When it comes to socializing cats, the most popular way to do it is to introduce them regularly to new people. Students in my socialization classes have helped their adult cats become more social by inviting people to their house. In pre-COVID days, when I could teach Kitten Kindergarten, I had each attendee play a game called Pass the Kitten, which is just what it sounds like. Everyone would spend some time with each person’s kitten, which will help the kittens become more people-friendly. As a socializer at our local non-kill cat shelter, I spend most of my time working with shy/fearful cats, After I’ve gained the trust of, my next step is to help them see not just me but also others as a positive in their life. Clients of mine have helped their adult cats become more social through playtime with visitors. In this first article of a new series, I’ll share videos as examples.
This first video is of my visit to with a Socialization student and her cat. You’ll notice that first I got on the cat’s level. Although I faced the cat, the recommendation is actually to sit sideways, as this will be less intimidating to a cat. Next, I held out my hand and let him come to me. This allowed him to decide when and how to interact with me. I also came bearing gifts. Once he took interest in me, I held out a treat and later I offered a toy. Treats and toys are great ways to woo a cat. At no point did I require him to like me. In fact, when he lost interest, I let him leave.
This second video is an unintentional example of Pass the Kitten. My husband and I had invited several friends over to meet our foster kittens. It just so happened that they took a lot of turns passing kittens to one another, as I recorded them. In the video, you’ll see our friends sitting with them, standing and holding them against their chest. Studies have shown that kittens should ideally be handled several times a day by many different types of people to encourage them to grow up into well-socialized adults. At the time the kittens were adopted, they were all very affectionate with people.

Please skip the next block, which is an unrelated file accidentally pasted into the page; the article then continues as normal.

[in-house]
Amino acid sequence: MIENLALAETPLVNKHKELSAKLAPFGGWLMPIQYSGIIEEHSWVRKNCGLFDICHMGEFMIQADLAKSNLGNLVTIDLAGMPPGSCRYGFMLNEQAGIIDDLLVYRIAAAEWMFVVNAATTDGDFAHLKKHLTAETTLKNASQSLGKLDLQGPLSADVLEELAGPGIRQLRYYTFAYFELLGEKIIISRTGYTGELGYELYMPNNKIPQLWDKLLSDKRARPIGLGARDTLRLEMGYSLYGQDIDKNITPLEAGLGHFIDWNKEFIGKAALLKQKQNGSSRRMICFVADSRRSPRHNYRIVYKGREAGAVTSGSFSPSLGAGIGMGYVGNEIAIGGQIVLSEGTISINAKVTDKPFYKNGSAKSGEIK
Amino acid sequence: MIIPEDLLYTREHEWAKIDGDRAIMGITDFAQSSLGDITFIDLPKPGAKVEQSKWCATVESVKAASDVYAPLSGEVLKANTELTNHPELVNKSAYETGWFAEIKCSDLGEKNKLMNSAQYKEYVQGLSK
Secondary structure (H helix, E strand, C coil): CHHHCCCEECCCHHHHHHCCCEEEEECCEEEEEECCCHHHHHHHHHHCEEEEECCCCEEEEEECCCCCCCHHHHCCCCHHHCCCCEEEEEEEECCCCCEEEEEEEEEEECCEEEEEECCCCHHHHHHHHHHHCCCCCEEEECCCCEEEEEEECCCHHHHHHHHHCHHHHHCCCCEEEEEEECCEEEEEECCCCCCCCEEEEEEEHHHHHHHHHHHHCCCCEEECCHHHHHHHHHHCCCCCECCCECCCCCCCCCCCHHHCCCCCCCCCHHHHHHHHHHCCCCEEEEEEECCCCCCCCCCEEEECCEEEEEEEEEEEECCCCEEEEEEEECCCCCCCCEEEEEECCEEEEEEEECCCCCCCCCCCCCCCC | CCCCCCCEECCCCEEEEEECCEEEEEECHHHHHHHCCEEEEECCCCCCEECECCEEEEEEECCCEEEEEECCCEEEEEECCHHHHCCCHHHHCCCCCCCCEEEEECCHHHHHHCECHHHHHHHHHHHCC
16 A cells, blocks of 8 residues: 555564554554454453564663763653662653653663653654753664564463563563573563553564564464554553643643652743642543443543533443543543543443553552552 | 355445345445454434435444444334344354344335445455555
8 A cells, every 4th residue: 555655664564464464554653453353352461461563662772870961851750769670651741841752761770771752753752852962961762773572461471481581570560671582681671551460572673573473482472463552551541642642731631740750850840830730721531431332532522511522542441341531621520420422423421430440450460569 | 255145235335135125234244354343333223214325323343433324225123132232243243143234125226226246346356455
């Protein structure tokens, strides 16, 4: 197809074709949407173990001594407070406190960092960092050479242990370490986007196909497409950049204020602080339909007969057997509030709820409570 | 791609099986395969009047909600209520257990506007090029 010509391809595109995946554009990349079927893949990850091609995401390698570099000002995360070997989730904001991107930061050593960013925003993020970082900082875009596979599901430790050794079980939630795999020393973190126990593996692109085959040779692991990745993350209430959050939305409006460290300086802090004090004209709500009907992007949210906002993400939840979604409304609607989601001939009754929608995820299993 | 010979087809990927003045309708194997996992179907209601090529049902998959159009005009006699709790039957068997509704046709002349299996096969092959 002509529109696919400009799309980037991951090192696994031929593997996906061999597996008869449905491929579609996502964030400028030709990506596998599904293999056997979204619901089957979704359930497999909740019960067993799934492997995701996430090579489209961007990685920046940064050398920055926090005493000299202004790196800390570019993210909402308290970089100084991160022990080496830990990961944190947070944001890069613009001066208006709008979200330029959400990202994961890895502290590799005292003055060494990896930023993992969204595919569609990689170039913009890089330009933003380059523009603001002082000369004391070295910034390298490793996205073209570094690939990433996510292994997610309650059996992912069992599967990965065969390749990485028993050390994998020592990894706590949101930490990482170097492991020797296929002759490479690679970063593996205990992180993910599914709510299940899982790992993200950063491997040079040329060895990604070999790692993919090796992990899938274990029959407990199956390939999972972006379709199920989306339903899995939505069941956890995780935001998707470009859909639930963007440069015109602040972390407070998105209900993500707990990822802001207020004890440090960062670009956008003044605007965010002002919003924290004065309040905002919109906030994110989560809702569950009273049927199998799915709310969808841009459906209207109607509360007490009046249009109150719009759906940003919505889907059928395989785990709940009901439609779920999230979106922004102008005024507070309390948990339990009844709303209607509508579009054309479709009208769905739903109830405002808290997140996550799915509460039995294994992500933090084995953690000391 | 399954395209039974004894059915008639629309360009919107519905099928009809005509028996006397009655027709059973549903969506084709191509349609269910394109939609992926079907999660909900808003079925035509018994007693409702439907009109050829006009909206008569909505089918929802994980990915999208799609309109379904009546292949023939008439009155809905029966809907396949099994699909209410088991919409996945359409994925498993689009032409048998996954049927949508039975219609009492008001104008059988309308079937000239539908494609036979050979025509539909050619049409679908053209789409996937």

This third video was recorded at a local cat shelter. After months of patient teamwork involving volunteer caretakers and volunteer socializers, a former feral has begun to lose his fear of people. When I first Matt, he used to hide in a bed in his hutch. Whenever anyone approached, he’d hiss and swipe at them. I used a process of slow blinks and food on a spoon to gain his trust. After my visiting Matt multiple times, he began to warm up to me and accept food that I left in his hutch. Not long after, he started venturing to the edge of his hutch and then to the floor for treats. When I got to the place where he began asking to be petted even when I didn’t have treats, I knew it was time to have friends visit him; the more comfortable he became with a variety of people, the more likely that he would come out of his hutch during Open Hours.
This fourth video is from a client. Her younger cat wasn’t getting along with anyone and would run from visitors. She’d also hide in a corner or hang back in an entrance, and from there were swipe at passing family members. I taught my client how to socialize her cat to visitors and to family. We did this by having people interact with the cat in a calmer way, while also offering treats or toys. This video is a fun one that shows the daughter regaining the cat’s trust with a favorite toy. Cats will often take a treat simply because they like food; playtime in contrast usually only happens when they’re relaxed.
Videos can sometimes convey information in a way that words alone can’t. My hope is that these videos will help you learn about cats in a different way than my articles do by themselves. If you like the videos, please consider subscribing to my Youtube channel. Also, please comment on this article to tell me what topics you’d like me to write about in the future. I’ll do my best to find related videos!